I think I might have rambled too much... Oops anyway you have fun discovering yourself on the Tarot Journey!
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I haven't read all the other posts, but just wanted to say that the best learning technique for Tarot is whatever works for you. Everyone has the one way of learning that anything that works best for them and that's what you should go with. Nobody else can say for you what works the best. Your own mind knows what it is and will function in the best way for you if you just trust it and go with it.
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Thanks for all your great responses! Very helpful :-)

Everyone has different learning styles, so there are always many "one best ways", huh?!
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I don't know if there is a 'best technique' for learning tarot - is there 'Rosetta Stone for Tarot'? We would probably teach Tarot the same way we learned it, or improving the way we learned it if the teaching didn't work/click.

I admit - I have taught Tarot in the past and I teach the way I wrote my book (or vice versa), so in essence, if you take my class I am teaching you 'my system.' I feel that I have gone beyond 'my system' in the intervening years, and taught all sorts of 'derivations' as I went along - but I was still teaching 'my system.' However, 12,000+ copies of my book sold tells me it must work somehow on some level for at least 12,000 people!

But would it be the 'best learning technique' for you?

Remember, George Bernard Shaw wrote: 'Those that can - do. Those that can't - teach. Those that can't do either - teach Tarot." {Or was that Woody Allen ... ?}
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Quote:
Originally Posted by biddy9 View Post
Thanks for all your great responses! Very helpful :-)

Everyone has different learning styles, so there are always many "one best ways", huh?!
Tarot is about forging that connection with that which sends the answers (whatever you believe that is). And about intuition. The path to connect to those things is an inward one. and the best path inward varies from person to person.

Also since there ate so many ways to read, and the way that is best for person also varies from person to person....no one can tell anyone which way is "best" for them. You have to feel that from inside you.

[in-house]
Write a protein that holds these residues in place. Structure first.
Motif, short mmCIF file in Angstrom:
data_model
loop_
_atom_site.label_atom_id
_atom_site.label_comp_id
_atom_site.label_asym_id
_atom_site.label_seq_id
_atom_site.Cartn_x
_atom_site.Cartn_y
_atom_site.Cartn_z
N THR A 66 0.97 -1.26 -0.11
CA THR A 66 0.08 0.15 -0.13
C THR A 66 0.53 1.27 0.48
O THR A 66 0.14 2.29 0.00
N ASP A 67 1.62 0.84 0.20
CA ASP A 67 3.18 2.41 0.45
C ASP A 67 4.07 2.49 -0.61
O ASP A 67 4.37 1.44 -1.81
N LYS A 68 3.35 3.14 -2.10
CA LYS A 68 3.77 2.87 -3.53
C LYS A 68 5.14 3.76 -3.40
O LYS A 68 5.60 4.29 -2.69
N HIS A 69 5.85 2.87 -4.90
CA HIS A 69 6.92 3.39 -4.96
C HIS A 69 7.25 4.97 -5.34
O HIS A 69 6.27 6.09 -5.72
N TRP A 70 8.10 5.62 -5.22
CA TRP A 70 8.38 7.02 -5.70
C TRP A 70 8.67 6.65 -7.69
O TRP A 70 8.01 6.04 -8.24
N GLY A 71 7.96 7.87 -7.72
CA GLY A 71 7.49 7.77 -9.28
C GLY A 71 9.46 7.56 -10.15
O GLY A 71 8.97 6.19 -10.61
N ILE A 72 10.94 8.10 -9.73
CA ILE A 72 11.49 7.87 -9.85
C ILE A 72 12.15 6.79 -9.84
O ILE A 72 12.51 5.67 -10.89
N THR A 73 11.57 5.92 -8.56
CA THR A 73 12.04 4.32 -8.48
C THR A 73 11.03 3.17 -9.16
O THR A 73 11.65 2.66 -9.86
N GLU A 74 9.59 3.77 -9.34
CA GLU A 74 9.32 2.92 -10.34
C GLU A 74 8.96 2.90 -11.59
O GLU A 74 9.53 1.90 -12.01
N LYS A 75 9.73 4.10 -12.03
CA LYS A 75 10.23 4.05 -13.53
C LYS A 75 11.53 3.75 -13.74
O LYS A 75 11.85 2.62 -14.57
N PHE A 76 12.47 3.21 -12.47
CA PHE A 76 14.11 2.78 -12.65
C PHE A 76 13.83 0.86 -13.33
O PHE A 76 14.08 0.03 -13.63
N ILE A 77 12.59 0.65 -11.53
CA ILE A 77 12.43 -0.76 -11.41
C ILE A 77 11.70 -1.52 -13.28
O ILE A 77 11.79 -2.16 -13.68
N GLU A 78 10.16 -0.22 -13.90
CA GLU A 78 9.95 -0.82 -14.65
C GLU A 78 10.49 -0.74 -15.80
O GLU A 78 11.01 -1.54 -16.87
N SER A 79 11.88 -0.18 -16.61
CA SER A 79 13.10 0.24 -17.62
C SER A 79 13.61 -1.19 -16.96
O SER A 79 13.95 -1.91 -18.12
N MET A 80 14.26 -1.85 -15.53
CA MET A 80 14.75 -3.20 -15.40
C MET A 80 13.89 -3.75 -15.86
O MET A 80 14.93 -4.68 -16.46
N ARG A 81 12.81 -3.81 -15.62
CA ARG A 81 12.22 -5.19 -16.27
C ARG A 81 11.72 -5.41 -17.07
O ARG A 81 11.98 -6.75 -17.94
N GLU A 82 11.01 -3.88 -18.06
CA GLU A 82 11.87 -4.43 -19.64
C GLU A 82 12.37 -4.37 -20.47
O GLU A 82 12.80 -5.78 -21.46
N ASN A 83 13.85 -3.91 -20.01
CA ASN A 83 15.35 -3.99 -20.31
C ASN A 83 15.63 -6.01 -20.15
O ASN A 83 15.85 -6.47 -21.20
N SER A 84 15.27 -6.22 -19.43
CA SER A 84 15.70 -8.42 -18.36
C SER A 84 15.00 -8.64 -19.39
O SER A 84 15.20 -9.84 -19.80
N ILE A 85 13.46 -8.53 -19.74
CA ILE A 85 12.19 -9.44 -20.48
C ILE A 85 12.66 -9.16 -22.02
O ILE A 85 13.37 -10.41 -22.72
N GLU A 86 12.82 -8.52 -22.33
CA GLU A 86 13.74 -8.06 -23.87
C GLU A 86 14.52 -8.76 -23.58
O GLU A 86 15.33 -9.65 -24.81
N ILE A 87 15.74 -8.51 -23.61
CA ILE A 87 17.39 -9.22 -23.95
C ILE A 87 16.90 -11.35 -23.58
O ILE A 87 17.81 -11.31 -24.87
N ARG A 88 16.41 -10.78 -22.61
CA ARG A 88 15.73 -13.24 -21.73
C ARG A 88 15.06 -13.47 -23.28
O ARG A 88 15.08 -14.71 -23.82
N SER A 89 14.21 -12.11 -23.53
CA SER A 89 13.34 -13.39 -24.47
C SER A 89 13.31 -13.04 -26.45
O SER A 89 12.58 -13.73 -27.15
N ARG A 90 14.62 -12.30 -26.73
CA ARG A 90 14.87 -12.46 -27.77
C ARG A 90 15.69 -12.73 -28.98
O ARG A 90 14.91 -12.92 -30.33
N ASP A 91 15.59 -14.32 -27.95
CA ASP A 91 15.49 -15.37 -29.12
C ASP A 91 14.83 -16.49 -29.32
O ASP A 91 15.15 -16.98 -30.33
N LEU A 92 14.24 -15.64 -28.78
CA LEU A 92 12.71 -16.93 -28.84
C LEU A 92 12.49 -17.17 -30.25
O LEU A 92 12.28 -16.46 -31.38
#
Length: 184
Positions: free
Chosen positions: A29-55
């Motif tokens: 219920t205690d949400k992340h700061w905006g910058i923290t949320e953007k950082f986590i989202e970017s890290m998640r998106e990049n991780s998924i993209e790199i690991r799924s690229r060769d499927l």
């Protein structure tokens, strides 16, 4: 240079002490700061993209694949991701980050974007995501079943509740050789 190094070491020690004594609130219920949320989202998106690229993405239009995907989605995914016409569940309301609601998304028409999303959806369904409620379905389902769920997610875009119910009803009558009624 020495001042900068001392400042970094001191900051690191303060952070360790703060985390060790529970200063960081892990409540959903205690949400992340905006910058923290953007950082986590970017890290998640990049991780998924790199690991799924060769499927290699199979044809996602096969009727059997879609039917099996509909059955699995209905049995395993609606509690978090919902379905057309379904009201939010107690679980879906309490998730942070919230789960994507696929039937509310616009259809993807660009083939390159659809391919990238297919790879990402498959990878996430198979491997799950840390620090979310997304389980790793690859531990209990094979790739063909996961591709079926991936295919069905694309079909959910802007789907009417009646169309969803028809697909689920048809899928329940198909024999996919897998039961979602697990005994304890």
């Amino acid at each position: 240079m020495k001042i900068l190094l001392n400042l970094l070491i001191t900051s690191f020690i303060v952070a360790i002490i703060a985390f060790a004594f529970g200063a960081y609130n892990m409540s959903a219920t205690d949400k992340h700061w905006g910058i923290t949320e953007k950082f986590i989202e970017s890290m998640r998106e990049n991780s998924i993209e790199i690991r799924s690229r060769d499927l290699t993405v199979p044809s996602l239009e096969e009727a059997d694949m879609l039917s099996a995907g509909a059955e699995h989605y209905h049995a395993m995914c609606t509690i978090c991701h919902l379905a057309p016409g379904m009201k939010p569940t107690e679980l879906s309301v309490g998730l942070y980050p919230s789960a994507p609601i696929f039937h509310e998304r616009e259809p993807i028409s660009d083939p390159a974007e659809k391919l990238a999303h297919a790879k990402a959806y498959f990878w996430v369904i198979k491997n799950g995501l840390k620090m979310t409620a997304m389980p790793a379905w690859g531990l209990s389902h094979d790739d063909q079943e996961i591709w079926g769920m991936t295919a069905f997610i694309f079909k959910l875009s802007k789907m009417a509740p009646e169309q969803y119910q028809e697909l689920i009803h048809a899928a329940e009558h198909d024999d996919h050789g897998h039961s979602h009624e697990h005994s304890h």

Thats how I see it anyway.

Babs
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I've recently thought of this technique for teaching new students.
Pick a topic/situation and draw the cards that would best show that to you.
Eg.
Divorce - Death,Two of Cups,Ten of Swords
An Affair - 7 of Swords, 3 of Cups x, Lovers, 2 of Cups

Just as an example. So that way the student sees the combinations that mean specific things to him or her.
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I started off buying a deck and a few beginners books. I also used many websites for alternative interpretations on the cards. When I got familiar with 'boxed' meanings, I began to expand my thoughts and ideas. Daily draws (3-4 cards) with a 24 hours time limit gave instant feedback on real-world applications of the cards. From that process I learned a great deal on the interplay between cards.

I've met, and have been drawn to several people on AT whose reading style really resonates with me. I usually try to read their postings when I come across them. I've also sent them PM's asking how they got a specific interpretation, and have learned a lot from that too! Plus, you begin to pick up better suggestions for reference materials. I really love researching symbolism and mythology, so I follow a story through internet resources and take what I can from that.

I think it's really important to connect well with your deck to. It took me a while to find a deck I really *love* and can't put down! That helps to learn
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Learning the symbolism, and a little bit about "history" was really helpful when using a RWS type deck. Especially with the court cards and the majors.